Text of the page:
BART: Domestic violence is an important issue but there’s no way owners and network are going to let it get in the way of their fantasy money machine. Baseball owners have been far more skillful in shoving incidents under the carpet. Gossip has long been rampant about domestic thuggery among NBA players but, again, “crisis management” has kept things quiet. I admired that documentary about NBA players titled Free Spirits in which Marvin Barnes, a long-time star forward, admitted, “I always wanted to be a gangsta, a drug dealer and a pimp as well as a player.” Barnes, who snorted coke while on the Boston Celtics bench, got all his wishes. He died last week at age 62.
FLEMING: Goodell is paid all that money by football owners to protect the revenue stream, plain and simple. When he saw a massive concussion lawsuit coming from past damaged players, he cracked down and penalized and dropped heavy fines for cheap hits, and took public abuse for it. He was right. I think he went wrong in giving a two-game suspension to Ray Rice because he met with the Ravens player and his (then-) fiancée, Janay. She was so passionate that I think Goodell felt her embarrassment and just wanted to help her make it go away so the couple could move on. That’s probably why the NFL didn’t seek out the punch footage Goodell didn’t see until TMZ aired it. He dropped the ball, letting emotion get in the way of fiduciary responsibility. Goodell should put back on the armor and make hard decisions based on the money, because it is the most persuasive thing. Tell his NFL players, over and over and over if necessary, that with riches comes responsibility. If they hit women or commit violent crimes, the gravy train ends. Banned a year for each transgression. No paycheck. No exceptions. The best way to make a lasting impression on a man is through his wallet. Then, the point comes through in Technicolor, to rob a line from Russell Crowe in L.A. Confidential.
BART: None of this justifies Ray Rice or sports thuggery. I’m just amazed that, with the universe of crisis management as adept and pervasive as it is, the affair has reached such shrill proportions. What else you got?
FLEMING: I’m going to take a mulligan on my recent rant that Toronto Film Festival organizers were right to exclude from its first four days any film that premiered at Telluride or elsewhere. While on paper they are right to demand world premieres, and maybe they hoped to stretch the festival beyond the first four days when most people leave. But the move upset the delicate ecosystem that sees acquisition titles find distributors. Sellers tell me that when buyers see films play with the sophisticates in Telluride and then film fans in Toronto, they learn all they need to know about what to spend money. Also, the move meant that Toronto’s opening weekend was lined with big studio films. There was a palpable lack of electricity because everybody wants to see Oscar combatants. No Birdman from Alejandro Gonzalez Inarritu, which played other festivals; films like Reese Witherspoon’s Wild and Foxcatcher and the Audience Award winner The Imitation Game didn’t play ’til Monday or later, when journalists from cash-strapped newspapers were either packing or home. The acquisition title 99 Homes, held back until Monday night, hasn’t sold yet and it’s the kind of film that in festivals past stirred first-weekend all-night auctions. Nobody won here; Toronto organizers got an earful and I bet they rescind what now seems like a petty ban. The New York Film Festival takes better care of its titles at gala premiere showcases, and Toronto has allowed its Gotham rival to become the prestige place to launch an Oscar film.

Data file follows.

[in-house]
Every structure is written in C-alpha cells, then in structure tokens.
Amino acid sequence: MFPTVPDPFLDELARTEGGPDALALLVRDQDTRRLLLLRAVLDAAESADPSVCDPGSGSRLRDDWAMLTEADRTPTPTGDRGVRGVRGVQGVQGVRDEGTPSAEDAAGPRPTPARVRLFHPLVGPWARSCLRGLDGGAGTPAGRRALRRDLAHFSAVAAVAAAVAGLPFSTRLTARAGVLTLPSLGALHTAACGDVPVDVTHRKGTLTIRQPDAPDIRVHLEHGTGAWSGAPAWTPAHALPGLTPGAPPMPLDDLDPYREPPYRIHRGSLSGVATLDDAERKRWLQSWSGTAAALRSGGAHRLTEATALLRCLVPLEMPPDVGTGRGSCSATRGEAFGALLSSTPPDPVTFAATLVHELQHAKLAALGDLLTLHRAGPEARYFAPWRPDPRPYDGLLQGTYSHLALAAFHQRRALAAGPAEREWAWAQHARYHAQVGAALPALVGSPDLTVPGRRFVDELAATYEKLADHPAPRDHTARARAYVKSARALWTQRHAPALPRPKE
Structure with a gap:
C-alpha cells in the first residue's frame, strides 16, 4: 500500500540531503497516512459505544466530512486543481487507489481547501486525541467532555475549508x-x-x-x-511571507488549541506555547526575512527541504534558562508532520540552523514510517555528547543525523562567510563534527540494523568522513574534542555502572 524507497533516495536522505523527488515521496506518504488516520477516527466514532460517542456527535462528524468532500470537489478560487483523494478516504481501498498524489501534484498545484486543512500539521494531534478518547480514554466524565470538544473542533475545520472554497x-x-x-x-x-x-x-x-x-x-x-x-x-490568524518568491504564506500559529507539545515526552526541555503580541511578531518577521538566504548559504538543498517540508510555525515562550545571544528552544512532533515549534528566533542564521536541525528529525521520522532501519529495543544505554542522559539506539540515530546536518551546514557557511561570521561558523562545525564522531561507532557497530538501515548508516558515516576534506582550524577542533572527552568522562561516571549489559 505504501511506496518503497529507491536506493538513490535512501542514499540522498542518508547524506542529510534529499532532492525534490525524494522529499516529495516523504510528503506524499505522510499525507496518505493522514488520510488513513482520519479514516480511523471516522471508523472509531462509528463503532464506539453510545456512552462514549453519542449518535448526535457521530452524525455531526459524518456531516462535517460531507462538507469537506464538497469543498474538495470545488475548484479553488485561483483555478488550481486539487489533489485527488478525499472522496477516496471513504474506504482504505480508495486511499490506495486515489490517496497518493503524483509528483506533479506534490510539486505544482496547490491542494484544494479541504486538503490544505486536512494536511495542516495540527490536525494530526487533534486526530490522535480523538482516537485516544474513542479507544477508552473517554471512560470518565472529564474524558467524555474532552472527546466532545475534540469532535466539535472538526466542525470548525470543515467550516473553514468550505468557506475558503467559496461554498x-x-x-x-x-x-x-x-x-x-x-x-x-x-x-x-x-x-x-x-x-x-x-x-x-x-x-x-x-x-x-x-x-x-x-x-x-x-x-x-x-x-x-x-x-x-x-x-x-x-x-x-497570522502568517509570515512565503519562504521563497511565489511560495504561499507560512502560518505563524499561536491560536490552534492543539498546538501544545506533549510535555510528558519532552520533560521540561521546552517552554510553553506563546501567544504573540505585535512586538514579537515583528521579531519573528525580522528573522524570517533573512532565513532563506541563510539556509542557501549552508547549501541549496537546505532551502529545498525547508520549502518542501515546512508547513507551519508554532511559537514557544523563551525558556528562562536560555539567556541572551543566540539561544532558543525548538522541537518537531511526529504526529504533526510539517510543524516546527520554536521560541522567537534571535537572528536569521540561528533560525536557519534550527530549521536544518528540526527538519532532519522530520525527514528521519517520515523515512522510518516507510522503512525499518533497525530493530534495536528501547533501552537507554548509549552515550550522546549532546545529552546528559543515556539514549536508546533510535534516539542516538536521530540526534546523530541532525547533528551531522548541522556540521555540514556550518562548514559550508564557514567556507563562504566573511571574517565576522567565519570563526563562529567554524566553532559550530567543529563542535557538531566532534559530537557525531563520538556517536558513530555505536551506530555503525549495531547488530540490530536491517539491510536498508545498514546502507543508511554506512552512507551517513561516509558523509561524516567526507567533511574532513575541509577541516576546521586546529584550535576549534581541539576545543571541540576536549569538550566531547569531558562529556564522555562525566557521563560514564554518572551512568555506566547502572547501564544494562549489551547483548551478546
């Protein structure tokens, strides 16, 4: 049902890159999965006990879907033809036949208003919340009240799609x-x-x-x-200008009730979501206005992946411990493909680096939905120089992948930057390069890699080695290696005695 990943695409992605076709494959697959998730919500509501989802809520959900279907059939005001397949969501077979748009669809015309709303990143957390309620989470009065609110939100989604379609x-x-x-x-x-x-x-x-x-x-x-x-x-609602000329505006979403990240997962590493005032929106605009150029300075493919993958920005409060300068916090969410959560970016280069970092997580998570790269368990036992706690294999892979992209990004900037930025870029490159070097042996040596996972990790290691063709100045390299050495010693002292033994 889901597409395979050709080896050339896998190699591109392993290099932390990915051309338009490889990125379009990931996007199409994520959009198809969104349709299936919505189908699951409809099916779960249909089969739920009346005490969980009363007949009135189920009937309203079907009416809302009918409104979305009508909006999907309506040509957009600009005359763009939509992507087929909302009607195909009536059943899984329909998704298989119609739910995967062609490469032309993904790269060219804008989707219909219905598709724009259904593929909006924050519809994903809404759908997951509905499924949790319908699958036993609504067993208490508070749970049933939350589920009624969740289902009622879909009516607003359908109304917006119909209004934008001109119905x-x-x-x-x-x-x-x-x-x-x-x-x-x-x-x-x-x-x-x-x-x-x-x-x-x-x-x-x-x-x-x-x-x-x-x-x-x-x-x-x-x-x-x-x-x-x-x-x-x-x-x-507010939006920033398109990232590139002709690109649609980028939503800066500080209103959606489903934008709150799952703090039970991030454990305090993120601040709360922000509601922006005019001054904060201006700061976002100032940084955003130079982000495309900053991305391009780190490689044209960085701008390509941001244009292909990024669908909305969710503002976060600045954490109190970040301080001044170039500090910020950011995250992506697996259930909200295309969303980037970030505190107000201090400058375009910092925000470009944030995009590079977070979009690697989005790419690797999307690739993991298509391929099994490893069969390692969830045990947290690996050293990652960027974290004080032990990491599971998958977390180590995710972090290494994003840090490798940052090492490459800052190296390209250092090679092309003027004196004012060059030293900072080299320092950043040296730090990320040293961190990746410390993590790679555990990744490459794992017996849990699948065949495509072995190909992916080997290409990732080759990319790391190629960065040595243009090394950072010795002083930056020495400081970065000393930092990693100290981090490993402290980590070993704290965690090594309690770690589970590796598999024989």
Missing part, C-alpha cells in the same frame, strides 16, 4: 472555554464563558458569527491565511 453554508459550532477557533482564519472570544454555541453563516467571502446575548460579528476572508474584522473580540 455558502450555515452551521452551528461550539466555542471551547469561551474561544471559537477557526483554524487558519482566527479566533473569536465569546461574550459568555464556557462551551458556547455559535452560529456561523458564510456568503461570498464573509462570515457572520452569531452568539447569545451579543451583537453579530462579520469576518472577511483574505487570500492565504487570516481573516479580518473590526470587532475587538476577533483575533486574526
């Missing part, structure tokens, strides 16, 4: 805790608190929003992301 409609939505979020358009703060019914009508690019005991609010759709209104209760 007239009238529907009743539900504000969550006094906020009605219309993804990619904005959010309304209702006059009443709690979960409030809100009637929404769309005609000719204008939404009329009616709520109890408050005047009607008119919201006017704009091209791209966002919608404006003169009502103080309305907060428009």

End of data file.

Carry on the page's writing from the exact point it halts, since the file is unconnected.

BART: I understand your second thoughts about the Telluride-Toronto machinations, Mike, but I still think the initial position was valid. Since specialty pictures, like tentpoles, tend to ghetto-ize themselves in terms of release corridors, they have to stake their claim in terms of strategy. Telluride is like opening your film for a fan club, but it’s a premiere nonetheless. I think the New York Fest will continue to gain in importance — excellent venues, great media set-up. Still, every opening is chancy. The only “sure thing” I ever experienced occurred when I was president of Lorimar Films. We opened a film in Cannes (out of competition) titled Someone Is Killing The Great Chefs Of Europe. Lavish dinners (and wine) were served at each screening. Everyone loved the meals and the movie and the advances were also lavish.
FLEMING: I’ve been to great launch bashes for movies that bombed and thought they should have filmed and released the premiere party. Toronto premieres aren’t that lavish, even though Warner Bros showed a nice touch holding The Judge party at the new Montecito restaurant opened by Ivan Reitman. He walks around like the mayor and is such a Toronto festival icon, with streets named after him, you wonder why he doesn’t run for mayor and unseat that crack-smoking incumbent. Did the recipe for Chefs Of Europe lead to a box-office killing?
BART: Chefs did well in Europe but the trouble with a movie like that is that you can’t keep serving dinners at every theater. Steven Spielberg and Oprah Winfrey are discovering that with The Hundred Foot Journey — another movie in search of a meal. By the way, I’ve been trying to get accustomed to the new theaters that serve dinner with your movie. I still find eating and film going to be in conflict. A good movie by itself provides enough to chew on. (But often a good martini helps.)